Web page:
Archaeologists have unearthed what appeared to be two vampire skeletons in Bulgaria with iron poles plunged through their chest cavity to keep them from turning into the undead.
They are the latest in a succession of finds across western and central Europe which shed new light on just how seriously people took the threat of vampires and how those beliefs transformed into the modern myth.
The two skeletons are believed to be around 800 years old and were discovered during an archaeological dig near amonastery in the Bulgarian Black Sea town of Sozopol.
“These two skeletons stabbed with rods illustrate a practice which was common in some Bulgarian villages up until the first decade of the 20th century,” Bulgaria’s national history museum chief Bozhidar Dimitrov said in a statement.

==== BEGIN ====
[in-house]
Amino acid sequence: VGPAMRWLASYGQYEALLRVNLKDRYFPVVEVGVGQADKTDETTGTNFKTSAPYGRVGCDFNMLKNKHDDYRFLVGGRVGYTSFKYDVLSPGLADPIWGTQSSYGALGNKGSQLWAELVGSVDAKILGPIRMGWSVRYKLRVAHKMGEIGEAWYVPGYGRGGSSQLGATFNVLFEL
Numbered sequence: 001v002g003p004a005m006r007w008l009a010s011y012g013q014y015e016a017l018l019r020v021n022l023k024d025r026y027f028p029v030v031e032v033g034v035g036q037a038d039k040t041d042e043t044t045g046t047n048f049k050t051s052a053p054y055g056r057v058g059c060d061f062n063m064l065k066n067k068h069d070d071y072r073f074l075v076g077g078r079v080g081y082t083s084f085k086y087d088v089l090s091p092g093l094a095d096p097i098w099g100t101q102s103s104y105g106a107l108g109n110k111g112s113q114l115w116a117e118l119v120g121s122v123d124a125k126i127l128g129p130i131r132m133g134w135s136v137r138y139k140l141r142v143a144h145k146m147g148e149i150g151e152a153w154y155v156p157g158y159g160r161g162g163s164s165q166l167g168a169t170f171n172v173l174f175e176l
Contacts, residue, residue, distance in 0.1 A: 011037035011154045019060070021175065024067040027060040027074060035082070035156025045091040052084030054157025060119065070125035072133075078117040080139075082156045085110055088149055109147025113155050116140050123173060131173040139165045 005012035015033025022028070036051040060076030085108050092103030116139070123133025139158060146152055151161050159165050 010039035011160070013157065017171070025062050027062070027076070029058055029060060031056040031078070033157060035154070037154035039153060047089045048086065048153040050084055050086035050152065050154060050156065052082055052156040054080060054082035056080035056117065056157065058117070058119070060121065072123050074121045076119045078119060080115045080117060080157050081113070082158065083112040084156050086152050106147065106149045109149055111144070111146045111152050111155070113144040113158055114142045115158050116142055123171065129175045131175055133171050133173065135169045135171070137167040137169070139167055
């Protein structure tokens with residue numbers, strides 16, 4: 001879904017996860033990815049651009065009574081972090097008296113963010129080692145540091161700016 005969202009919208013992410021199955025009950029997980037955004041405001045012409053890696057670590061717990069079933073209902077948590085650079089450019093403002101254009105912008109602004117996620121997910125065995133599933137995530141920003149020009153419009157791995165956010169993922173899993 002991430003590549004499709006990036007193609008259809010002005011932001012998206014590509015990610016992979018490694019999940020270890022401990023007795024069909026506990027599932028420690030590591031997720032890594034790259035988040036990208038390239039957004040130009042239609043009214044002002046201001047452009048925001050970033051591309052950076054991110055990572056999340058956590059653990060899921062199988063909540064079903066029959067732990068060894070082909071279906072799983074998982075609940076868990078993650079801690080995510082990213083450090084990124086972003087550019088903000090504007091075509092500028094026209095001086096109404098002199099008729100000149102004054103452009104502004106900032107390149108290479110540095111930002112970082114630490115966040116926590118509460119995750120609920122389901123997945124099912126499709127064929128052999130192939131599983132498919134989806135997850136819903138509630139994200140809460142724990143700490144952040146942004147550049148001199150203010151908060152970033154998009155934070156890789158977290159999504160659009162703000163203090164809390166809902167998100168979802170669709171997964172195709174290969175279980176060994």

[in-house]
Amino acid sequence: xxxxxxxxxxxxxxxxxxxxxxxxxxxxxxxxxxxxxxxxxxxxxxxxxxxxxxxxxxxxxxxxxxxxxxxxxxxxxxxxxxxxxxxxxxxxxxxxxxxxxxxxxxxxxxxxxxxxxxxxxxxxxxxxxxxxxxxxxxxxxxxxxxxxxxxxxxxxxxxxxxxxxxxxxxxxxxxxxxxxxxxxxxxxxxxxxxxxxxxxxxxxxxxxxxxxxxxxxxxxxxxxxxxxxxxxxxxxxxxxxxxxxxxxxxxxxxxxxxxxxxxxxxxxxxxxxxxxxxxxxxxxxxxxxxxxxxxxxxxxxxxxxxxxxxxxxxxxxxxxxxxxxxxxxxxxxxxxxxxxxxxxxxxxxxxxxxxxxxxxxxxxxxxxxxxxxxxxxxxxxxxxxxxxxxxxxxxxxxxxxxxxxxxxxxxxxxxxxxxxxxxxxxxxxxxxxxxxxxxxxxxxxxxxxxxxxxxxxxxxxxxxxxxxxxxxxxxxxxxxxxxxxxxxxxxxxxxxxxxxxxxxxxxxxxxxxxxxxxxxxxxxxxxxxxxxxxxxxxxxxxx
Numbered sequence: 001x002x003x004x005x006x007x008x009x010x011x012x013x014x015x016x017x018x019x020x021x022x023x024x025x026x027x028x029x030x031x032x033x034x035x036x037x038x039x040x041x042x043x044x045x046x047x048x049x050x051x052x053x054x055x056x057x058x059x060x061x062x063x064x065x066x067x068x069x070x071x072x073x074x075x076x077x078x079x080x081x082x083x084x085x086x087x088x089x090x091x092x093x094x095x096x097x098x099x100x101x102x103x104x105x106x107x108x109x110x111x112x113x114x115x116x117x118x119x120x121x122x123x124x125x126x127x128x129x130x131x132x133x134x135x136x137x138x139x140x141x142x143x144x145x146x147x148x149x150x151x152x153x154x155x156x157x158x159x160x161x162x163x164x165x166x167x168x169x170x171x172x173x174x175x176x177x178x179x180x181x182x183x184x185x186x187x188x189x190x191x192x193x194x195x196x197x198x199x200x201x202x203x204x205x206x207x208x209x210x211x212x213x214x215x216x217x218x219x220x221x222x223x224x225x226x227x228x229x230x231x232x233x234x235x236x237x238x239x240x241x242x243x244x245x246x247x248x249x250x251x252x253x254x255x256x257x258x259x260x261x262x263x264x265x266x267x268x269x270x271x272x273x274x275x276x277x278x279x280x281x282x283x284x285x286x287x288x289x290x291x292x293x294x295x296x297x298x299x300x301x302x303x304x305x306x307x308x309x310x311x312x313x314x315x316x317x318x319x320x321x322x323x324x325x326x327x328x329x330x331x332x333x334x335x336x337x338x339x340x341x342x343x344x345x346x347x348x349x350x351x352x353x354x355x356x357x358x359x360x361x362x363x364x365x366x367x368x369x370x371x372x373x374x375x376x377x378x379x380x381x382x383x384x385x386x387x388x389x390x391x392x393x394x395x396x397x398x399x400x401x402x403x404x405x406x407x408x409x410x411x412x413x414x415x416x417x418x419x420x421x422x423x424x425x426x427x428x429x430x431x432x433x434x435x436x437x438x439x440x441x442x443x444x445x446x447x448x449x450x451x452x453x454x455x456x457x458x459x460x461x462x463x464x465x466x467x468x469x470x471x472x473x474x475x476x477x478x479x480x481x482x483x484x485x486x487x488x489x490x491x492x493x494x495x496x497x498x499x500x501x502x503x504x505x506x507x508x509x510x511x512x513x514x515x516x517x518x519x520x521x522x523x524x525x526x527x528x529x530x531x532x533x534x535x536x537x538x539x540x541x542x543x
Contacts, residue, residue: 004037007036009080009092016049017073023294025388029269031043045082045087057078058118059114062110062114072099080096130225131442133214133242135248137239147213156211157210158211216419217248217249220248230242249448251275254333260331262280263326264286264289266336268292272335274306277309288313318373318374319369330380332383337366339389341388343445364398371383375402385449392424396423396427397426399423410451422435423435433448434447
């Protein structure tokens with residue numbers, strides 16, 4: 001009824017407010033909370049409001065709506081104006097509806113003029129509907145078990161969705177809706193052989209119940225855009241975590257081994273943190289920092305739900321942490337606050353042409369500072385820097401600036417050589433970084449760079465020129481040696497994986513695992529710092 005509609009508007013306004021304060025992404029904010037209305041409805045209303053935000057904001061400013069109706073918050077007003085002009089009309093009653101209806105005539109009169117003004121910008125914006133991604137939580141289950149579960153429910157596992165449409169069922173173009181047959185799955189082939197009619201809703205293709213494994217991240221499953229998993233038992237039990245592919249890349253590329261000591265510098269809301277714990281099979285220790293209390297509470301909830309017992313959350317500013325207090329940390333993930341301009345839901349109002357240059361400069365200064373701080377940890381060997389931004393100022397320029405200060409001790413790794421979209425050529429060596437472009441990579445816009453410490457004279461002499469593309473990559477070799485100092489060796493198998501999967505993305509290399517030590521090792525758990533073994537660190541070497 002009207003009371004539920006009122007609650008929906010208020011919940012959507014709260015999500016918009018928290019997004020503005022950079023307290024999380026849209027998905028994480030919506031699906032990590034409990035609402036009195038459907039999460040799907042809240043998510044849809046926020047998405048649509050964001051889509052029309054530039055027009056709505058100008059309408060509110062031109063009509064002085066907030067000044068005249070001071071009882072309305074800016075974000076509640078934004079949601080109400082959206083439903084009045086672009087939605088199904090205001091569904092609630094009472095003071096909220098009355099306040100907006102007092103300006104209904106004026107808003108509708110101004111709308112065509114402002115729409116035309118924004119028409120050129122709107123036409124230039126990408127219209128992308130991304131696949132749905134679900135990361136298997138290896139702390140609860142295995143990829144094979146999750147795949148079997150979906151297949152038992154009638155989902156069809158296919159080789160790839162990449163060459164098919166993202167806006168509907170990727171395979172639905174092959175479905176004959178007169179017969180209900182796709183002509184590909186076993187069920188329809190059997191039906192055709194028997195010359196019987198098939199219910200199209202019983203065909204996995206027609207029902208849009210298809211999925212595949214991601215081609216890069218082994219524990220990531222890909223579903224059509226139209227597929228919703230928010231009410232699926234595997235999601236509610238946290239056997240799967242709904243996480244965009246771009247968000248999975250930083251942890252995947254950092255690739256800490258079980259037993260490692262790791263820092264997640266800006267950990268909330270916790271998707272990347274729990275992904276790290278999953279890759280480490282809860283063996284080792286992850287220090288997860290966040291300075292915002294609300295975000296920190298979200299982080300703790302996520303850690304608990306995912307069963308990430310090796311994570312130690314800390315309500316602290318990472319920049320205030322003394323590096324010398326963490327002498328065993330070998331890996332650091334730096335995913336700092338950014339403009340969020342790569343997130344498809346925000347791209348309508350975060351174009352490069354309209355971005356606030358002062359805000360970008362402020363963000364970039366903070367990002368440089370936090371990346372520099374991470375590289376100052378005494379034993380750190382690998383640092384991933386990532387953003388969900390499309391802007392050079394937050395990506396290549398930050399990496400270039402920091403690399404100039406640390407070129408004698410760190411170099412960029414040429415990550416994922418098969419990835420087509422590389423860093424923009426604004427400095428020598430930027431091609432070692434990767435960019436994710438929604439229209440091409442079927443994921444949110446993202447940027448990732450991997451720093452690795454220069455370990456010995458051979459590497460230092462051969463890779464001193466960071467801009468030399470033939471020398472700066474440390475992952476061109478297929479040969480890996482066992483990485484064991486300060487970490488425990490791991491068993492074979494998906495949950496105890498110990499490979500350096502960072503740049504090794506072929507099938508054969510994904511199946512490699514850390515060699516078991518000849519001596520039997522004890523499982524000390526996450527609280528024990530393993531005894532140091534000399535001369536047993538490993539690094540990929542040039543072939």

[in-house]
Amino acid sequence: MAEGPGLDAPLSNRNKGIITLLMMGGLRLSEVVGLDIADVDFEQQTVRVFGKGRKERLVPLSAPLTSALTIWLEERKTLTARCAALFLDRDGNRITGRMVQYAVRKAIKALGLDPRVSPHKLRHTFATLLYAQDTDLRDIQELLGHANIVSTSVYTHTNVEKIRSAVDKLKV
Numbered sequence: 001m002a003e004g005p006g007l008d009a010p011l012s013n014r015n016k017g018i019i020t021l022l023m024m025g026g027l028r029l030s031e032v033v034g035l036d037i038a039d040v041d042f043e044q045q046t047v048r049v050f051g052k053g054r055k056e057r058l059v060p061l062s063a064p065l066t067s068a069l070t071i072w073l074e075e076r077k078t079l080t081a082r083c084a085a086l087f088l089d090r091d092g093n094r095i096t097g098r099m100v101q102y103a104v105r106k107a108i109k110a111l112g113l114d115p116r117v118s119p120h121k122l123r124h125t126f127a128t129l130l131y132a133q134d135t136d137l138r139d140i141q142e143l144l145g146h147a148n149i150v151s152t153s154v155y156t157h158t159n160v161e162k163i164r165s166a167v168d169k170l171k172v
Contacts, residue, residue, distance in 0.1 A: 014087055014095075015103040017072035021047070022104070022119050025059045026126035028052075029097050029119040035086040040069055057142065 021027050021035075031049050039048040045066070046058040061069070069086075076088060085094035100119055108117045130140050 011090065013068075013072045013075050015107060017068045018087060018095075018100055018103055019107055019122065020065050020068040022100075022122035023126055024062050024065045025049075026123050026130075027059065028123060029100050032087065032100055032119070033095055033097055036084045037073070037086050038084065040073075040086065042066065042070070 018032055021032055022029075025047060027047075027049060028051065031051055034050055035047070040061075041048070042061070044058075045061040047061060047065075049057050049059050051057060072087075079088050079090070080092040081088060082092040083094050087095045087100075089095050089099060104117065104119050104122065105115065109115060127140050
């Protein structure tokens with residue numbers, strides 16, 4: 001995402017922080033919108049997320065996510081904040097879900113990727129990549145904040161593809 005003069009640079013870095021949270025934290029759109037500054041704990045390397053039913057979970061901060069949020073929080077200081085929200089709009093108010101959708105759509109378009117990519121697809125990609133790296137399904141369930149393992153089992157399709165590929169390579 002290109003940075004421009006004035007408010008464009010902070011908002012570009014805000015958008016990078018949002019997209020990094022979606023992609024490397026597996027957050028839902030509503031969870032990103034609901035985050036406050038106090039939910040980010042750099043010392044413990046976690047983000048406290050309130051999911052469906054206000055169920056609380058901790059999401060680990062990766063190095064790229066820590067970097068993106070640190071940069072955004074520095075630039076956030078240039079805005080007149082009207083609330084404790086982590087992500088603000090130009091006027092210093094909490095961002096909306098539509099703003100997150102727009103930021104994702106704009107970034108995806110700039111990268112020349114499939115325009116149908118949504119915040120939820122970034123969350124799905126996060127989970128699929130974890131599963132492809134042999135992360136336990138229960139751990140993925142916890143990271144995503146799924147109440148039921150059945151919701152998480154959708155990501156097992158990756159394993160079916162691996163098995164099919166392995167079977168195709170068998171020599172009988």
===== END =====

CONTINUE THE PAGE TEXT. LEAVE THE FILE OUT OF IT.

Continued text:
According to pagan beliefs, people who were considered bad during their lifetimes might turn into vampires after death unless stabbed in the chest with an iron or wooden rod before being buried.
People believed the rod would also pin them down in their graves to prevent them from leaving at midnight and terrorizing the living, the historian explained.
According to Mr Dimitrov over 100 buried people whose corpses were stabbed to prevent them from becoming vampires have been discovered across Bulgaria over the years.
However, last month Italian researchers discovered what they believed to be the remains of a female skeleton in Venice – buried with a brick jammed between her jaws to prevent her feeding on victims of a plague which swept the city in the 16th century.